Ra Pharmaceuticals IPO Should Wait For Further Results

| About: Ra Pharmaceuticals (RARX)

Summary

Ra Pharmaceuticals wants to raise $75 million in an IPO.

The company is developing a treatment for rare disease PNH, and is preparing to start Phase 2 trials in Q1 2017.

Although Ra has some collaboration revenues from Merck, they're "lumpy" and difficult to rely on.

My opinion is to AVOID the IPO and wait for topline results from its Phase 2 trials, likely announced in H2 2017.

Quick Take

Ra Pharmaceuticals (Pending:RARX) has provided its expected IPO pricing range, intending to sell 5.8 million shares at a midpoint price per share of $13.

In my previous article on Ra, I analyzed the company's IPO potential in detail:

Ra Pharmaceuticals IPO Will Be One To Follow Closely

While Ra has a source of milestone revenues from a non-complement drug candidate that collaboration partner Merck is developing, those revenues are "lumpy" in nature and can't be relied upon to help defray the company's significant cash requirements.

Given that Ra is just beginning its Phase 2 trials and won't announce topline results until the second half of 2017, my opinion is to AVOID the IPO.

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Company Recap

Ra Pharma is a clinical stage biopharmaceutical company that is developing treatments for malfunctions in the body's complement system, which is believed to play a significant role in diseases such as:

  • Paroxysmal nocturnal hemoglobinuria - PNH
  • Refractory generalize myasthenia gravis
  • Lupus nephritis
  • Other rare blood, neurologic & inflammatory diseases

The company's lead candidate, RA101495 for the treatment of PNH, just successfully completed its Phase 1 safety trials and is slated to commence Phase 2 trials in Q1 2017, with topline data expected to be announced in H2 2017.

Competition for the promising treatment exists in the only approved treatment for PNH, Soliris (eculizumab) by Alexion Pharmaceuticals (NASDAQ:ALXN), which requires frequent, intravenous administration.

In 2014, Soliris accounted for $2.15 billion in annual sales, so the market opportunity for competitive treatments such that from Ra Pharma is significant.

Ra's candidate aims to provide greater benefits combined with an easier and less frequent treatment regimen than Soliris.

IPO Terms, Valuation and Commentary

Ra intends to raise $75 million in its IPO, assuming it prices 5.8 million shares at the midpoint of $13 per share.

Common stock to be outstanding after the offering would therefore be 20.2 million shares, resulting in an expected market cap of $263 million.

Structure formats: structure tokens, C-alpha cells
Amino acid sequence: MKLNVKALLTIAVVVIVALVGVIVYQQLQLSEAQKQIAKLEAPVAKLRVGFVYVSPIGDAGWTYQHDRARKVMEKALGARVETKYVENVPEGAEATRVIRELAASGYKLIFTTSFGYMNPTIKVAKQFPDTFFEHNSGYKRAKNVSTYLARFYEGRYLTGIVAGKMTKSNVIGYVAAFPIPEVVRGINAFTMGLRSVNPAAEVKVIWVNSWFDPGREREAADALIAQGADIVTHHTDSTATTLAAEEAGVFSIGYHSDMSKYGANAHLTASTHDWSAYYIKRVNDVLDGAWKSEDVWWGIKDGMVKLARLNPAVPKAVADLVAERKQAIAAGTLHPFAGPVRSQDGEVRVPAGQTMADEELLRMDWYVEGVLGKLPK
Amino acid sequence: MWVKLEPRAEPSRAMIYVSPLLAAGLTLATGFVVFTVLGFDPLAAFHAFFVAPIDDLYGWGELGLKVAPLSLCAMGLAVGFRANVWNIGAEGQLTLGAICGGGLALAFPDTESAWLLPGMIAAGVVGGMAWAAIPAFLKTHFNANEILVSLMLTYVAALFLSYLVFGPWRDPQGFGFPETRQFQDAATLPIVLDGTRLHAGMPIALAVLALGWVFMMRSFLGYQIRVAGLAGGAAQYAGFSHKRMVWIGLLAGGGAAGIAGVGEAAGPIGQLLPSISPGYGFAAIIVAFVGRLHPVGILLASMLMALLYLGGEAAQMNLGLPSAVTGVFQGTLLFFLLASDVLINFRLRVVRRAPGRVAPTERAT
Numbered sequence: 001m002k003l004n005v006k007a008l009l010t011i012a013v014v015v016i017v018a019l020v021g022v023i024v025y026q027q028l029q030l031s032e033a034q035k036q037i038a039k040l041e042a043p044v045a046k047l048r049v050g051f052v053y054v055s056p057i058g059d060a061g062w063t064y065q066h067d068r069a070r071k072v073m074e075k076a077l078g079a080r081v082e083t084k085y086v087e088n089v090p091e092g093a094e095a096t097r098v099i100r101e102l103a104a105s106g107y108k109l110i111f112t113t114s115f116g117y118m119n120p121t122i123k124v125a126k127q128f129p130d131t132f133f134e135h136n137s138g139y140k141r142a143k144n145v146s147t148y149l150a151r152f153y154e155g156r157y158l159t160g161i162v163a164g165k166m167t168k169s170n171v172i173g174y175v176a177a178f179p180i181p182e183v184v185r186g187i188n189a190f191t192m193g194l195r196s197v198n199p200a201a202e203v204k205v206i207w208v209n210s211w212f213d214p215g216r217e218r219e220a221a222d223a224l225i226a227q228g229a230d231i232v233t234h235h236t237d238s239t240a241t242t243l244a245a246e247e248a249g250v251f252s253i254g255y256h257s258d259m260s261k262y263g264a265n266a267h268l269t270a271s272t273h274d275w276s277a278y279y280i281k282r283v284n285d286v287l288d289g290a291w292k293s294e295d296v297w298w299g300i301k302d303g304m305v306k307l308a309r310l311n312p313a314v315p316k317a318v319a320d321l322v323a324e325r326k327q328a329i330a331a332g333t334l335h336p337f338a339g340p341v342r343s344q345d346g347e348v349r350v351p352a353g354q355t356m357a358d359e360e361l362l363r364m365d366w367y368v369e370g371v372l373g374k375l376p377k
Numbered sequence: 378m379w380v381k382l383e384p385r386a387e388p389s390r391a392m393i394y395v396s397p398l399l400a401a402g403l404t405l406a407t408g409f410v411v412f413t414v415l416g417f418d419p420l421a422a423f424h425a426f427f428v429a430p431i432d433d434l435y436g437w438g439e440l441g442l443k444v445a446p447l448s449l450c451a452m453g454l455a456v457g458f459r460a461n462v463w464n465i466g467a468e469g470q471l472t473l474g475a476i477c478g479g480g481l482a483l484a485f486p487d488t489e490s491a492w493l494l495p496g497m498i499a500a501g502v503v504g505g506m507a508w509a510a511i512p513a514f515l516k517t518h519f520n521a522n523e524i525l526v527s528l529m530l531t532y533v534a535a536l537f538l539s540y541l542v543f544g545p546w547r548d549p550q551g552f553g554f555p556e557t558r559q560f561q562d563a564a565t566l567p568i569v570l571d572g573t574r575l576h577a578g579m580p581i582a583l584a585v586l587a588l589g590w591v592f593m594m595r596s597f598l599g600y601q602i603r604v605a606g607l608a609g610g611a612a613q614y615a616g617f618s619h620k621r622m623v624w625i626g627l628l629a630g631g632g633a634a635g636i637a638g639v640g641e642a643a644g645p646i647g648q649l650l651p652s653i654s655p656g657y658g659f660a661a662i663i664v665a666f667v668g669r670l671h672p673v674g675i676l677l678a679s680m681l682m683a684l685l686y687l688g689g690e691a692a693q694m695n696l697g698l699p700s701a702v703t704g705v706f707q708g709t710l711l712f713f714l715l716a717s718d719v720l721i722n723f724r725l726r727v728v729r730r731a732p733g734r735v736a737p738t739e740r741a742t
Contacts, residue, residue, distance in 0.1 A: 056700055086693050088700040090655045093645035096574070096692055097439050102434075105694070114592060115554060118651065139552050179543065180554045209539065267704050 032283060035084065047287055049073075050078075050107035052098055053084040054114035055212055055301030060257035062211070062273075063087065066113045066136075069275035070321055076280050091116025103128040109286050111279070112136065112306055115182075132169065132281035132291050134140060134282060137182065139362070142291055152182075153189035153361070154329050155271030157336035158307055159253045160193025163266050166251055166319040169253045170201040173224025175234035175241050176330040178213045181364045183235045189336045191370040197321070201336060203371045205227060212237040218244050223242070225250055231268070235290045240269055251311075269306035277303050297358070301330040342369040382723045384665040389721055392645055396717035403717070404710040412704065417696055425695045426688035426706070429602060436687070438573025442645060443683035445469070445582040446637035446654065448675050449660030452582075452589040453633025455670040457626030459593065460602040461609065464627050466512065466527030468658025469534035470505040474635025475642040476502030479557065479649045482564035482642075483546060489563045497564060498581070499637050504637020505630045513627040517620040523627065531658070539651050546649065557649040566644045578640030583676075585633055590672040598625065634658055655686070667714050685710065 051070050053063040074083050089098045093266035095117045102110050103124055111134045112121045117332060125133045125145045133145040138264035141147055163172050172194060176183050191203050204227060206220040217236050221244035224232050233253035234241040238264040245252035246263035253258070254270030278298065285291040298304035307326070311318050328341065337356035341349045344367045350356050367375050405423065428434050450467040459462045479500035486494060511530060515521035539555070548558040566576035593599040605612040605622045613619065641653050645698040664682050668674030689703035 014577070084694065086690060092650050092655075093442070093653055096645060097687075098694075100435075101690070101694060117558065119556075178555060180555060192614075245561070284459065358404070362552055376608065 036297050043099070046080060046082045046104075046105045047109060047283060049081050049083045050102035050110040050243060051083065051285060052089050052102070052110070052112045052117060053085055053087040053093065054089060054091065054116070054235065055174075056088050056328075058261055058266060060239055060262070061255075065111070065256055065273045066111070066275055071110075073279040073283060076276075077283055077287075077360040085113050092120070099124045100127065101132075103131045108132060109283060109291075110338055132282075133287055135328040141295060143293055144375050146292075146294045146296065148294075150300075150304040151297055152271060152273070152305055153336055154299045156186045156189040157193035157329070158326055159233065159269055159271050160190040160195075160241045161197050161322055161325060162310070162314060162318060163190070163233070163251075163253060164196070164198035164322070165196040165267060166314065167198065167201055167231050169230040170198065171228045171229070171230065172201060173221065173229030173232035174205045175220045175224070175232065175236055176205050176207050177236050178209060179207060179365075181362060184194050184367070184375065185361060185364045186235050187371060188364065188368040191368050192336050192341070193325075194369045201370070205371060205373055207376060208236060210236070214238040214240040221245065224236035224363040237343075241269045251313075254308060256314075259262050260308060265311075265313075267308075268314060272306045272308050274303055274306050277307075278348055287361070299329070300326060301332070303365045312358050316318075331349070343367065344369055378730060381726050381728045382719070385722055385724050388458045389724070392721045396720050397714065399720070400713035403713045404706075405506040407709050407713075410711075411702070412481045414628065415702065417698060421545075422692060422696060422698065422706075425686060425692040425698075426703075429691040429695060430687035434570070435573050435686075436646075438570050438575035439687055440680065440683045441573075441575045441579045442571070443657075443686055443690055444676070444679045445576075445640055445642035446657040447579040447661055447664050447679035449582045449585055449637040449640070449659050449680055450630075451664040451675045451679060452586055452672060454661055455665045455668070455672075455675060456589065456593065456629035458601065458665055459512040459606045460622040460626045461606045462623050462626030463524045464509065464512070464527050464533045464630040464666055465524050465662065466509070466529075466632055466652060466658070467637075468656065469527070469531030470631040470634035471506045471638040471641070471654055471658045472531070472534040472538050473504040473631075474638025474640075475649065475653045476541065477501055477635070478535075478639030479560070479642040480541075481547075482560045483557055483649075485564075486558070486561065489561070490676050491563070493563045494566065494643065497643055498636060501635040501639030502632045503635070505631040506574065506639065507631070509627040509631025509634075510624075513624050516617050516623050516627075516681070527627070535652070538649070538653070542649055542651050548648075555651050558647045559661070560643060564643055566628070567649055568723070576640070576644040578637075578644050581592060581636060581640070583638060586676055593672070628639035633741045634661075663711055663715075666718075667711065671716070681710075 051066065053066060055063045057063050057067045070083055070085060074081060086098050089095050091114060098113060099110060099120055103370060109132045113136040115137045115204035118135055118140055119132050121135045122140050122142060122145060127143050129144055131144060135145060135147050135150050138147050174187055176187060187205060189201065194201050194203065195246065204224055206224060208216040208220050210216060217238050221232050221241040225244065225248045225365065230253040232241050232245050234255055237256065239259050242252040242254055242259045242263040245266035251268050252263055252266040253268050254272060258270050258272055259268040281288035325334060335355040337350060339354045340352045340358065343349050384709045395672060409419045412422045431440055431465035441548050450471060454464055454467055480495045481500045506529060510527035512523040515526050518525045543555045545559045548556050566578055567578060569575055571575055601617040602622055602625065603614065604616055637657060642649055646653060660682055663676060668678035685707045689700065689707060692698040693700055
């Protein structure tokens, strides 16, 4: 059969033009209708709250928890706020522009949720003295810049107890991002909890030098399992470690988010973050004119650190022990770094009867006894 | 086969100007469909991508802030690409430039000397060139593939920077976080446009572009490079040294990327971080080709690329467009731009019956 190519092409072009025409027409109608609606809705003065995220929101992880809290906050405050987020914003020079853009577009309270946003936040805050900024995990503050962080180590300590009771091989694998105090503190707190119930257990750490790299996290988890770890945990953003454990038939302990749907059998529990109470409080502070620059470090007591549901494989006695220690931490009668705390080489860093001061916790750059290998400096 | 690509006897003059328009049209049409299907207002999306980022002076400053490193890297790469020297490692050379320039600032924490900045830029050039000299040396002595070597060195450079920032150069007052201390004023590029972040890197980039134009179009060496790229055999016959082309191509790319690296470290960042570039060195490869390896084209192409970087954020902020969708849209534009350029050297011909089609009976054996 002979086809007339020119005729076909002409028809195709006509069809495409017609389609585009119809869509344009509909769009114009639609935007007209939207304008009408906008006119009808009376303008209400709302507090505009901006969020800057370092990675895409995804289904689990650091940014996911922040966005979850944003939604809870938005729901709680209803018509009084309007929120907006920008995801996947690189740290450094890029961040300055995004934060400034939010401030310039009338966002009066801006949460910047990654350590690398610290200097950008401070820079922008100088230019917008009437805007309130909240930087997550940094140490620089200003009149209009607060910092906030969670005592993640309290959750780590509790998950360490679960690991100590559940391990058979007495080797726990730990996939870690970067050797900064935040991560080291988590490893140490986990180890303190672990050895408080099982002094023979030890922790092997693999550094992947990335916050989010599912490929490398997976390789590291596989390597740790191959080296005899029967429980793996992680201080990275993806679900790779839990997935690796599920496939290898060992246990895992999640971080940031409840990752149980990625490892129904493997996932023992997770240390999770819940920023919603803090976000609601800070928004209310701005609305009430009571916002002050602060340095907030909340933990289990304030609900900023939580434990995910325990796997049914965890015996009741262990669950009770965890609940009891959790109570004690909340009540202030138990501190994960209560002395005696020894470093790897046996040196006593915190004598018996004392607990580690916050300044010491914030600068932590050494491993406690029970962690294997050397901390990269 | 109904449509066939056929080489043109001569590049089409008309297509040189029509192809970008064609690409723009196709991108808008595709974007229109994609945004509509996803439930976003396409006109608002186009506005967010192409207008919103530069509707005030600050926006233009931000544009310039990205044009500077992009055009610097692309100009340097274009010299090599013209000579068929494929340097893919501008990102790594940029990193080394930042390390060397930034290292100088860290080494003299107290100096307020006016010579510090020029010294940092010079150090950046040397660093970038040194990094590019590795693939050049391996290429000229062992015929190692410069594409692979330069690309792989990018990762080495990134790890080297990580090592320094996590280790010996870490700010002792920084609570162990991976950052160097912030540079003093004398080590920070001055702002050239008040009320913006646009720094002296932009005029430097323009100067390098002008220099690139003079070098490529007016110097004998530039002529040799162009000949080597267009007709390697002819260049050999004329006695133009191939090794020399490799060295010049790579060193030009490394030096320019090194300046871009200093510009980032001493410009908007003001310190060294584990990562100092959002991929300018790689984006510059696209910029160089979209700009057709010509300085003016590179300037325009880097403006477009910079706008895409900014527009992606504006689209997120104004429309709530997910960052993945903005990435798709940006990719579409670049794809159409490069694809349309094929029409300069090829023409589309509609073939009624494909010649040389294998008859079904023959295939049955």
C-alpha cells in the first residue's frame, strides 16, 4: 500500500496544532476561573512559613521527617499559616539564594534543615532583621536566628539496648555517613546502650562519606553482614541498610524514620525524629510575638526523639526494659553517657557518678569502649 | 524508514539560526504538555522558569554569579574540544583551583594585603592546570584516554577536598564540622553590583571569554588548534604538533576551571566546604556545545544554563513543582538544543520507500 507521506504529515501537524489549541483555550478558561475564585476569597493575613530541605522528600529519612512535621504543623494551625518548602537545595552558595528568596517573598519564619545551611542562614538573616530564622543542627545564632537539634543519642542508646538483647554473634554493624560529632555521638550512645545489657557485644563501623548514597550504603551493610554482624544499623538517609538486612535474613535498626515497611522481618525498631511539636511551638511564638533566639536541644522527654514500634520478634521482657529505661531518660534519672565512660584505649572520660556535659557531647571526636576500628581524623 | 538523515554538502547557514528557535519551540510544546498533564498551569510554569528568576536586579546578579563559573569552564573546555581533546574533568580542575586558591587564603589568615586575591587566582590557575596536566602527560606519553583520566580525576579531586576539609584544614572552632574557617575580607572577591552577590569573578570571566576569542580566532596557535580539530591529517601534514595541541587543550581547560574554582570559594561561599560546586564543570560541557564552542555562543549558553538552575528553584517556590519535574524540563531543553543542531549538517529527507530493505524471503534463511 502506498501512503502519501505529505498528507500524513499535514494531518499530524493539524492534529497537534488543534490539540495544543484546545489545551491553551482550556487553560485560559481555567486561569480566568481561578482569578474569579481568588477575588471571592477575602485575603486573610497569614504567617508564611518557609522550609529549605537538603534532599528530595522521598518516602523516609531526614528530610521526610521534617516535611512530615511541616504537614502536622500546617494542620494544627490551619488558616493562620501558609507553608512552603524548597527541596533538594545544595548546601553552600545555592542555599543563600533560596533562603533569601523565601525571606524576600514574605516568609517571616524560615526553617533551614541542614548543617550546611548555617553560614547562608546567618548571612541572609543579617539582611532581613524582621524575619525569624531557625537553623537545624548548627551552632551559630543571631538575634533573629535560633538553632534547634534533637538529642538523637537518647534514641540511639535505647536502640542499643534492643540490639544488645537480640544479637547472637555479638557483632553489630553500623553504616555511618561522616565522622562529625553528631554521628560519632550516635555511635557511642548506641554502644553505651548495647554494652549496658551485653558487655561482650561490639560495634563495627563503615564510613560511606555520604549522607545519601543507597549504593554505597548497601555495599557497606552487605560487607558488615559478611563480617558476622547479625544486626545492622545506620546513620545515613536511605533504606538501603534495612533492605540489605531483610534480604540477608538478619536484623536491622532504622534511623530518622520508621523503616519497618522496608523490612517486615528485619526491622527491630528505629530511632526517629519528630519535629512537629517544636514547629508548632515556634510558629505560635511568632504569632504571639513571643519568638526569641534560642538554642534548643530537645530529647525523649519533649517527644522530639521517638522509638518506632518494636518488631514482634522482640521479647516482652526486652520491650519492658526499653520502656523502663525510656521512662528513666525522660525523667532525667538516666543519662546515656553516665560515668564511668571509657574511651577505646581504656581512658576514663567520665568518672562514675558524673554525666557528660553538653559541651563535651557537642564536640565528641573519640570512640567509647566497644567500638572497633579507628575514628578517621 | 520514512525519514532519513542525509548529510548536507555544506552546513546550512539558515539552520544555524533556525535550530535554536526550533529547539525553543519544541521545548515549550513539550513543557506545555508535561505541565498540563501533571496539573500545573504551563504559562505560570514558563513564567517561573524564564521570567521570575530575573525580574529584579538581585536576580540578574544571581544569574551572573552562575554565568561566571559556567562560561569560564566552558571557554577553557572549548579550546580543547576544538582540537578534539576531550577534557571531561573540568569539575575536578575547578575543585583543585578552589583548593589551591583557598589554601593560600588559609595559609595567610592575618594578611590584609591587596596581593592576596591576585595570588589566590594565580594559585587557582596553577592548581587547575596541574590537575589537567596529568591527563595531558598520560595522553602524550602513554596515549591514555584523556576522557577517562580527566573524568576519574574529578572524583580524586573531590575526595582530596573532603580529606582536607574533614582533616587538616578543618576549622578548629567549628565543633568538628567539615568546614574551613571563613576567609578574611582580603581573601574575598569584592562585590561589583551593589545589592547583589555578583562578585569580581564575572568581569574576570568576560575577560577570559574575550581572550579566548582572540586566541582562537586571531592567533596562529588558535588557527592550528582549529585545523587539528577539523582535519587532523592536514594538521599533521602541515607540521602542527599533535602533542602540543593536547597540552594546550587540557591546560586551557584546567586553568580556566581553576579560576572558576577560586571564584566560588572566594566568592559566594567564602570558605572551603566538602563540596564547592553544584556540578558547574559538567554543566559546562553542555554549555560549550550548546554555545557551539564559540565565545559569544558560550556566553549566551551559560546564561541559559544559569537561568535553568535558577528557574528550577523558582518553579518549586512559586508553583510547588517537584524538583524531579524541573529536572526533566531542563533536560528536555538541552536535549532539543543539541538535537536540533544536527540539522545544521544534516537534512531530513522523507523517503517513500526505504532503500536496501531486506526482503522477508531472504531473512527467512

The company says it will use the net proceeds to fund the continued development of its lead candidate RA101495 through Phase 2 clinical trials in both PNH patients and rMG patients, and Phase 1b trials in LN patients.

So it is highly likely the company will require significantly more investment in the future, assuming its candidates pass through trials successfully.

Credit Suisse is the lead left underwriter for the IPO.

Ra Pharm is not your typical clinical-stage pharmaceutical, in that it has a revenue stream of sorts from a non-complement drug candidate that is being developed by Merck.

The company has received milestone payments of $4.8 million, $4.1 million and $4.9 million for the periods of 2014, 2015 and H1 2016, respectively.

These payments are for milestones, not royalties, so tend to be rather "lumpy" and hard to rely on.

Nevertheless, total milestone payments may reach up to $61.5 million, according to its agreement with Merck.

Assuming the Merck (NYSE:MRK) drug candidate is successful, Ra's royalty agreement with Merck is in the low to mid single-digit percentage range, which in the best case will provide significant additional revenues.

However, those revenues will not even possibly begin until several years into the future.

Additionally, Ra is only just preparing to begin its Phase 2 trials for its lead candidate and expects to announce topline results in the second half of 2017.

As a result, my opinion is to wait until those topline results are announced and to AVOID the IPO.


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Disclosure: I/we have no positions in any stocks mentioned, and no plans to initiate any positions within the next 72 hours.

I wrote this article myself, and it expresses my own opinions. I am not receiving compensation for it (other than from Seeking Alpha). I have no business relationship with any company whose stock is mentioned in this article.